While some shows are beginning to provide digital edition categories (mostly fixed format and multi-media), print editions continue to be foundational platforms for book design and organization — at least for the time being. Leading edge designers are exploring ways to bring design criteria into the reflowable formats.
We know that books printed digitally have tended to be, like the old stitch about newspapers, black and white and read all over. For most of digital printing's existence, producing professional four-color books just wasn't possible; you had to use offset. But the times they are a-changing, and technological advances are making the production of full-color books in longer short runs more feasible and economical than ever before. The advent of sheetfed digital printing brought us the ability to print full-color books in very short runs—it was responsible for opening up the high-growth photo book market. Now "4-up" and roll-fed "printer/presses" are further changing the full-color publishing paradigm.
Before we go further, let's define some terms, as printers are, in essence, quite different from presses. Printers regenerate the impression for each copy from a digital file, which allows them to use electronic collation and print the pages of a book block in order. Presses, on the other hand, use a physical image carrier (a plate) to reproduce large printed sheets which are folded into signatures, gathered and bound. But printers become, in essence, presses when either the sheet size or output speed starts to approach the specs of an analog reproduction device (aka a press). A "printer/press" is my term for printers that have many characteristics of a press.
Digital printing has saved the book industry. The old business model that printed an excess of books has been replaced for many titles by a more efficient on-demand model. Consider my personal example: Back in 1972, I wanted to self-publish a book. I only wanted 500 copies, but the printer said the minimum run was 5,000. I still have 4,000 copies in the warehouse, because someone may want a book on 1970s phototypesetting some day.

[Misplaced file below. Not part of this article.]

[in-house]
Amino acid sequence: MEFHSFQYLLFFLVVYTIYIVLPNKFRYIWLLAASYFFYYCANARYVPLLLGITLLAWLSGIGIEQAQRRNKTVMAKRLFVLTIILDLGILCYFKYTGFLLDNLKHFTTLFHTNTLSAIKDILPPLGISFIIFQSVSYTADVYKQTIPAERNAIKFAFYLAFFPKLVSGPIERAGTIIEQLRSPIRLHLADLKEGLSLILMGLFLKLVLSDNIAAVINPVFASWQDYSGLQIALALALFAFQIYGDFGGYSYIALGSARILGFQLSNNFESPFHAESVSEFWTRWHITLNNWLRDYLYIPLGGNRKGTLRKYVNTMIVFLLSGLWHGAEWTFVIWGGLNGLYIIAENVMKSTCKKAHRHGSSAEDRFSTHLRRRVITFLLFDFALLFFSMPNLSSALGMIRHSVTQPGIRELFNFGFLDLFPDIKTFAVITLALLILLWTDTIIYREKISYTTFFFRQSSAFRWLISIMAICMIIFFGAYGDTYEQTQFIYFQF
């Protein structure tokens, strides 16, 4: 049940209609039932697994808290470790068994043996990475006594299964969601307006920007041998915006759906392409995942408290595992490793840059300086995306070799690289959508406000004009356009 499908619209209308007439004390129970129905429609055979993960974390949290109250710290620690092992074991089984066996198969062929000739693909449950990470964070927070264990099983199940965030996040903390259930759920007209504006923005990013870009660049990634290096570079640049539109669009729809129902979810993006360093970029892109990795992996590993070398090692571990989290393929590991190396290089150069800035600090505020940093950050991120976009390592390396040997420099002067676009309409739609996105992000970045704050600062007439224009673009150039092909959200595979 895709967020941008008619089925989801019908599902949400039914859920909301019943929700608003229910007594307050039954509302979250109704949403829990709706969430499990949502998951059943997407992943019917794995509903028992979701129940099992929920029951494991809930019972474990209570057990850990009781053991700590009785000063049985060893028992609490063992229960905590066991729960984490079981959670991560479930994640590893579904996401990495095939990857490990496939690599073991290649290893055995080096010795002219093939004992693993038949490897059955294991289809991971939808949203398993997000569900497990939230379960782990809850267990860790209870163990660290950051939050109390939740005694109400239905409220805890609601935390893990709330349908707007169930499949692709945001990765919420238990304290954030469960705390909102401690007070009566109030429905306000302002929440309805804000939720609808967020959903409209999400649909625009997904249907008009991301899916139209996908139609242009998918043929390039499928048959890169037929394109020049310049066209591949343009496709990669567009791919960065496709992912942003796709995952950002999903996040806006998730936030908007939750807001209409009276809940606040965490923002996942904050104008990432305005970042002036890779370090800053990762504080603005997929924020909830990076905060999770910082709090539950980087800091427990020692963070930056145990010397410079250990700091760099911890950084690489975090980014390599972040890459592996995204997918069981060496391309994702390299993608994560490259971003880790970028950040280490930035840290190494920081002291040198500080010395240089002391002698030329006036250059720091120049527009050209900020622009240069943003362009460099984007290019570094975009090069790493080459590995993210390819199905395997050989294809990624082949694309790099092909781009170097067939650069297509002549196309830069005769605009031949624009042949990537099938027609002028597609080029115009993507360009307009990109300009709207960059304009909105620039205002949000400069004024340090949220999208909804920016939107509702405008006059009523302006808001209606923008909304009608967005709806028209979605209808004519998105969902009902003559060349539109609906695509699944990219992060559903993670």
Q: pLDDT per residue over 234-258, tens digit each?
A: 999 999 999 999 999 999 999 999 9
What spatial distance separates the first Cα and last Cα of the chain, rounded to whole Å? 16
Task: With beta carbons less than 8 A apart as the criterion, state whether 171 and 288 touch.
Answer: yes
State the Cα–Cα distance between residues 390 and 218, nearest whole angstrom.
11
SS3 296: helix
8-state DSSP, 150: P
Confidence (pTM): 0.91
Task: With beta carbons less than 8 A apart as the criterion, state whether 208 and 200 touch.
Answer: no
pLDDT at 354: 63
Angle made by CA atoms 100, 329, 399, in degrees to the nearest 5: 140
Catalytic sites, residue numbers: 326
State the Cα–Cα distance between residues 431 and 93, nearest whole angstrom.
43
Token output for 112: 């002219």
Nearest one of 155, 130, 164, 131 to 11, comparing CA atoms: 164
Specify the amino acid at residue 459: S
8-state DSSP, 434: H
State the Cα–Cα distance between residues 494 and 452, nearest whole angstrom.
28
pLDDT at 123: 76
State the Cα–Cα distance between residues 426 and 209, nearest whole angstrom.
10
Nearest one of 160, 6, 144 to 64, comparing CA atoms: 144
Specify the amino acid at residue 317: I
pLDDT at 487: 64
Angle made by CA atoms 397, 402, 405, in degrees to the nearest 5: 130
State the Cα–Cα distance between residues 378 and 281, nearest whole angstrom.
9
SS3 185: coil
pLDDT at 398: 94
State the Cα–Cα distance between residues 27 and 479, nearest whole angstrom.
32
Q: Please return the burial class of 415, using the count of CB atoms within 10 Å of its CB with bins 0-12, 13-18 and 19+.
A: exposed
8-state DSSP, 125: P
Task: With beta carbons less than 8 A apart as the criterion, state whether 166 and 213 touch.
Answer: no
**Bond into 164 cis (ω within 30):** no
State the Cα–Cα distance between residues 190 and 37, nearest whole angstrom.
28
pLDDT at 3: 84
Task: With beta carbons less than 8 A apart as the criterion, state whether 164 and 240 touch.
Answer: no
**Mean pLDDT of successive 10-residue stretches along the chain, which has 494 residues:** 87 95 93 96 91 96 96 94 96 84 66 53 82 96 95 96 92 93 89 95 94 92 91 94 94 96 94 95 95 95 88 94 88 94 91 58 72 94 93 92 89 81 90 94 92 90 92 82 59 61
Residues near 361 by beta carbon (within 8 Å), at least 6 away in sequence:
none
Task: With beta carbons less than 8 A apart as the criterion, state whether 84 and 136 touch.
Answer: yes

An energized Publishing Business Conference and Expo, Book Business and Publishing Executive magazines’ annual event at the Times Square Marriott Marquis, March 19-21, was grounded in optimism and realism, and primed for a promising future in the digital age for book manufacturing and print-based book production.
Addressing the overflow audience at the Marriott's Astor Ballroom, our very own Joan of Arc at the ramparts, Editorial Director Noelle Skodzinski—fully armed with the arguments of comon sense and history to support her—sounded a much-needed balancing and defiant keynote to prevailing “stiff upper lip” scenarios about the decline of the publishing industry. She reminded us, paraphrasing from both Monty Python and the Holy Grail and the Encyclopedia Britannica blog’s notice that it had discontinued its venerable print edition, that publishing is not dead, change is okay, and that the future is alive with new opportunities in our pursuit of continued success and excellence in the publishing business.